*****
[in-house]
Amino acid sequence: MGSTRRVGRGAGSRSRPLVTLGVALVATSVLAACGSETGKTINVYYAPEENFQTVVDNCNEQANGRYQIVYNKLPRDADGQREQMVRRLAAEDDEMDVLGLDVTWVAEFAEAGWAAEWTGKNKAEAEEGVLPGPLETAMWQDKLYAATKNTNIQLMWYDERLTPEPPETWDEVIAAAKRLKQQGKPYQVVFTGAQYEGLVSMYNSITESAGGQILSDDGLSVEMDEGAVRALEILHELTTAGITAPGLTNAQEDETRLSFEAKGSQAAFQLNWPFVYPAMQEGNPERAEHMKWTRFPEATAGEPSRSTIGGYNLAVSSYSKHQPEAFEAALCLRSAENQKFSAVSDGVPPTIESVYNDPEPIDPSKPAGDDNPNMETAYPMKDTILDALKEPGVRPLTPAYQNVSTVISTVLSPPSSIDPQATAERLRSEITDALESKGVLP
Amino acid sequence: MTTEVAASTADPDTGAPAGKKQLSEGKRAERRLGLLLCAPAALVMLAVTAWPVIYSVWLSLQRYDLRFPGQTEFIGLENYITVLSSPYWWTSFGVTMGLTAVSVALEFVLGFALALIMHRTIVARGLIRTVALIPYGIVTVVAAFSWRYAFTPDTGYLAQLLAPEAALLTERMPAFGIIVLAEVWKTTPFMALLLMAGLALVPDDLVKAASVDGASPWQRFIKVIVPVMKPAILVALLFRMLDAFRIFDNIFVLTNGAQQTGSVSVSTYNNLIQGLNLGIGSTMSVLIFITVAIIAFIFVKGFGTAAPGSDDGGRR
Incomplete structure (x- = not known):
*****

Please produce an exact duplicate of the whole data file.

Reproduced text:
[in-house]
Amino acid sequence: MGSTRRVGRGAGSRSRPLVTLGVALVATSVLAACGSETGKTINVYYAPEENFQTVVDNCNEQANGRYQIVYNKLPRDADGQREQMVRRLAAEDDEMDVLGLDVTWVAEFAEAGWAAEWTGKNKAEAEEGVLPGPLETAMWQDKLYAATKNTNIQLMWYDERLTPEPPETWDEVIAAAKRLKQQGKPYQVVFTGAQYEGLVSMYNSITESAGGQILSDDGLSVEMDEGAVRALEILHELTTAGITAPGLTNAQEDETRLSFEAKGSQAAFQLNWPFVYPAMQEGNPERAEHMKWTRFPEATAGEPSRSTIGGYNLAVSSYSKHQPEAFEAALCLRSAENQKFSAVSDGVPPTIESVYNDPEPIDPSKPAGDDNPNMETAYPMKDTILDALKEPGVRPLTPAYQNVSTVISTVLSPPSSIDPQATAERLRSEITDALESKGVLP
Amino acid sequence: MTTEVAASTADPDTGAPAGKKQLSEGKRAERRLGLLLCAPAALVMLAVTAWPVIYSVWLSLQRYDLRFPGQTEFIGLENYITVLSSPYWWTSFGVTMGLTAVSVALEFVLGFALALIMHRTIVARGLIRTVALIPYGIVTVVAAFSWRYAFTPDTGYLAQLLAPEAALLTERMPAFGIIVLAEVWKTTPFMALLLMAGLALVPDDLVKAASVDGASPWQRFIKVIVPVMKPAILVALLFRMLDAFRIFDNIFVLTNGAQQTGSVSVSTYNNLIQGLNLGIGSTMSVLIFITVAIIAFIFVKGFGTAAPGSDDGGRR
Incomplete structure (x- = not known):